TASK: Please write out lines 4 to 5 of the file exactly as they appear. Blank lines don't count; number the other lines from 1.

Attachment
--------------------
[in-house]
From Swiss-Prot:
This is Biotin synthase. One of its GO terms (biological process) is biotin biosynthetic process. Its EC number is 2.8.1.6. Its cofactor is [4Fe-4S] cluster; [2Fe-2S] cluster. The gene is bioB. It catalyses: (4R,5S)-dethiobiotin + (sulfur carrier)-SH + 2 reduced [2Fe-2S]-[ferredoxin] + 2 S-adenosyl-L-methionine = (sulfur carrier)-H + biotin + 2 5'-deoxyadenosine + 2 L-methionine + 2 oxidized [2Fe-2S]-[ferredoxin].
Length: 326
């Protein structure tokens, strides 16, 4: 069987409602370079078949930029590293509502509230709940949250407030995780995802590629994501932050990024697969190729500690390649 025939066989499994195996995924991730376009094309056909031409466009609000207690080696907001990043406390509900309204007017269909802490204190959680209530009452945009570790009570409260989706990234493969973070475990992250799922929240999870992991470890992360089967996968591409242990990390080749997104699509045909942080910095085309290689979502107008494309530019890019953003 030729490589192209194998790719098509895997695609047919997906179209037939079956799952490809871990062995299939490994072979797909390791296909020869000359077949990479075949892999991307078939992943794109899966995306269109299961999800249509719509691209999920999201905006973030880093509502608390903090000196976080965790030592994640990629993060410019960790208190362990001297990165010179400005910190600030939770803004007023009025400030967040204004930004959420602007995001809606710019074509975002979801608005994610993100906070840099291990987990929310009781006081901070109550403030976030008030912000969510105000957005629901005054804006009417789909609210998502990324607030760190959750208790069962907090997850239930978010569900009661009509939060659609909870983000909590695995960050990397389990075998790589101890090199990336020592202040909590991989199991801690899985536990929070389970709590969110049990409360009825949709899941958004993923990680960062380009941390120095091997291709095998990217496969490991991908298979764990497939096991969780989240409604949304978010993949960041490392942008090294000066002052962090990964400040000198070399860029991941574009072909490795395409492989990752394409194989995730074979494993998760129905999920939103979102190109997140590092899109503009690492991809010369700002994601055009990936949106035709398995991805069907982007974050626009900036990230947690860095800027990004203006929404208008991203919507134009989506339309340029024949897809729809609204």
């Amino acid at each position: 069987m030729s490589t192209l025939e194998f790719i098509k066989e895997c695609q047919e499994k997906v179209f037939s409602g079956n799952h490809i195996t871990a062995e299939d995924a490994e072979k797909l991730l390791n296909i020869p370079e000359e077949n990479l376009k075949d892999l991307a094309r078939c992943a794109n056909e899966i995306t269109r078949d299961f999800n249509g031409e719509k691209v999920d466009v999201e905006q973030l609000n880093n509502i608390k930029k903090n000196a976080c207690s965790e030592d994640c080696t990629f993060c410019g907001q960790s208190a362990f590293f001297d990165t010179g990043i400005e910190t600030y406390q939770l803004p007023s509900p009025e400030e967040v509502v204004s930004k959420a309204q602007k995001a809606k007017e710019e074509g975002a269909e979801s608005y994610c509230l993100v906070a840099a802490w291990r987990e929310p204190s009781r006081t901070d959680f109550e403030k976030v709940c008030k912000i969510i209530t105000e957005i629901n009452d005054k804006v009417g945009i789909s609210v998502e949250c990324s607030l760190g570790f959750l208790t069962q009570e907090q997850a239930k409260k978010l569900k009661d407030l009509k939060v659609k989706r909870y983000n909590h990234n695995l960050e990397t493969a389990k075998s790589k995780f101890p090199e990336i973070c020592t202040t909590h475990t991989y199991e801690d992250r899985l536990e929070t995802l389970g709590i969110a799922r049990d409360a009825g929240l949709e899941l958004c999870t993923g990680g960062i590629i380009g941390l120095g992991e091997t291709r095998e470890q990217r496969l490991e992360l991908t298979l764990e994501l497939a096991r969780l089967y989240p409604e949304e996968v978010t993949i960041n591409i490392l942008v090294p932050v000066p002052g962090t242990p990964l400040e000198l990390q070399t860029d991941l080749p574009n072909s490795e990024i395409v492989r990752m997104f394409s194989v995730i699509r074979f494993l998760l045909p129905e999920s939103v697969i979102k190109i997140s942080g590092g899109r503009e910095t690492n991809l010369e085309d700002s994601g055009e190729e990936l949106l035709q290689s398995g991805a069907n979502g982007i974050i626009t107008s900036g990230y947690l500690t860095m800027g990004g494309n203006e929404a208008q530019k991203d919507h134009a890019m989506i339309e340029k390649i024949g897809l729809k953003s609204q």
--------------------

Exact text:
Length: 326
């Protein structure tokens, strides 16, 4: 069987409602370079078949930029590293509502509230709940949250407030995780995802590629994501932050990024697969190729500690390649 025939066989499994195996995924991730376009094309056909031409466009609000207690080696907001990043406390509900309204007017269909802490204190959680209530009452945009570790009570409260989706990234493969973070475990992250799922929240999870992991470890992360089967996968591409242990990390080749997104699509045909942080910095085309290689979502107008494309530019890019953003 030729490589192209194998790719098509895997695609047919997906179209037939079956799952490809871990062995299939490994072979797909390791296909020869000359077949990479075949892999991307078939992943794109899966995306269109299961999800249509719509691209999920999201905006973030880093509502608390903090000196976080965790030592994640990629993060410019960790208190362990001297990165010179400005910190600030939770803004007023009025400030967040204004930004959420602007995001809606710019074509975002979801608005994610993100906070840099291990987990929310009781006081901070109550403030976030008030912000969510105000957005629901005054804006009417789909609210998502990324607030760190959750208790069962907090997850239930978010569900009661009509939060659609909870983000909590695995960050990397389990075998790589101890090199990336020592202040909590991989199991801690899985536990929070389970709590969110049990409360009825949709899941958004993923990680960062380009941390120095091997291709095998990217496969490991991908298979764990497939096991969780989240409604949304978010993949960041490392942008090294000066002052962090990964400040000198070399860029991941574009072909490795395409492989990752394409194989995730074979494993998760129905999920939103979102190109997140590092899109503009690492991809010369700002994601055009990936949106035709398995991805069907982007974050626009900036990230947690860095800027990004203006929404208008991203919507134009989506339309340029024949897809729809609204």